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Plenty Mauvais Langue at Little Carib

Friday, March 9, 2018

Without any sponsorship or corporate funding, Cindy Ann Boisson successfully staged one of the better stage productions I have witnessed for this year. Going by the stage name Cin Cin, the Paramin-born, Tamarac, Florida resident staged Mauvais Langue, a stand up comedy show at the Little Carib Theatre on Sunday, with a sold out audience in attendance.

The actual show scheduled to begin at 6 pm, patrons were treated to reception at 4.30 pm in the foyer of the theatre with a performance by Tobago pannist Keishorn Julian, a UWI music student. Complimentary hors de hourves and drinks were also served.

With patrons seated inside the theatre, the audience was also entertained by Avion Crooks doing a ten-minute monologue, setting the mood for what was the come as the main course on this comedic menu.

Show host Wayne “Doppy” Dopson introduced the first act, Errol Fabien, celebrating his 30th year of being drug free and currently starring at Central Bank at The Baggasse Company’s Calypso Girls. Fabien was at his funniest best as he related the Best Village trials and tribulations of the Mapapire Trace performing company. The audience, mixed by age, gender and ethnicity, lapped it all up with relish.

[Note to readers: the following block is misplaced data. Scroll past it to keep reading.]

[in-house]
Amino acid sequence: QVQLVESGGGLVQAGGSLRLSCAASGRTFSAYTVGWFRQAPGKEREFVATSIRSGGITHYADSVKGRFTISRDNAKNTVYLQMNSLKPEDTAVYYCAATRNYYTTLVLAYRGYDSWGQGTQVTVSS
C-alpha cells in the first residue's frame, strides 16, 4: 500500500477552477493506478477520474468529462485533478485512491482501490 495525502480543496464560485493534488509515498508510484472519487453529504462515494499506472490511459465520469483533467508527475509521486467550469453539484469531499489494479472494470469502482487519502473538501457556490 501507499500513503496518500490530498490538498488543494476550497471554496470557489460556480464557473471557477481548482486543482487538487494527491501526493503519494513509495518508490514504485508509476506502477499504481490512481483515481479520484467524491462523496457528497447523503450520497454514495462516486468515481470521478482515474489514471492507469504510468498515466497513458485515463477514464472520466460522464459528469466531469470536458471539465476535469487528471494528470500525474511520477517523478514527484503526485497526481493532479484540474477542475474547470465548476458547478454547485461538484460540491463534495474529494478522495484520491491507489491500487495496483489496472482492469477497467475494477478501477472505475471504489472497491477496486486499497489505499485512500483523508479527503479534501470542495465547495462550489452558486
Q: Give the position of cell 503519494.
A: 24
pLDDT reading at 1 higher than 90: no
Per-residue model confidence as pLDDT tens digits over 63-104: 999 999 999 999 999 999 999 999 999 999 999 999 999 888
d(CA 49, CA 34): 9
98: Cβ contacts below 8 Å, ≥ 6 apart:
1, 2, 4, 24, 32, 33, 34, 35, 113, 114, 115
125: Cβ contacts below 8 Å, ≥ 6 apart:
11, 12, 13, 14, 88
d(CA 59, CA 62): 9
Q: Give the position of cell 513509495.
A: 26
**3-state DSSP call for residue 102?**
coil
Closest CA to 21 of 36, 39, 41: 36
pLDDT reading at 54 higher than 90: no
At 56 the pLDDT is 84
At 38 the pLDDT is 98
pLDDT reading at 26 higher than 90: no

Cin Cin’s special guest, US comedienne Gina D, followed Fabien and was also a barrel of fun as her monologue included humorous items on a gamut of situations her audience easily related to and enjoyed.

The Orlando, Florida resident spoke of her marriage to an “island man, Bermudan actually; young men of today wearing tight jeans, she described as “leggings”; old men trying to pick up young women in clubs; and her love for Trini lingo and words like “dotish” and “liming.”

Selected last year as “the Funniest Woman in Florida,” Gina D returned to the United States on Monday.

Dopson, also a calypsonian at Queen’s Park Cricket Club and Tuco’s Kaiso House, sang two verses of his A Real Trini to introduce Cin Cin, the star of the show.

Cin Cin, as she did last year at Kaiso Blues Cafe, had patrons in stitches from start to finish as she regaled them on daily social issues like marriage, including a bit on her 18-year marriage.

As the saying goes “all good things must come to an end” and so did Mauvais Langue, 90 minutes after its start. With no intermission and seamless in its entirety, this was a perfectly structured production and all credit must go to Cin Cin for doing it her way.

Cin Cin can be contacted on Instagram at Mauvais Langue - CinCin Boisson


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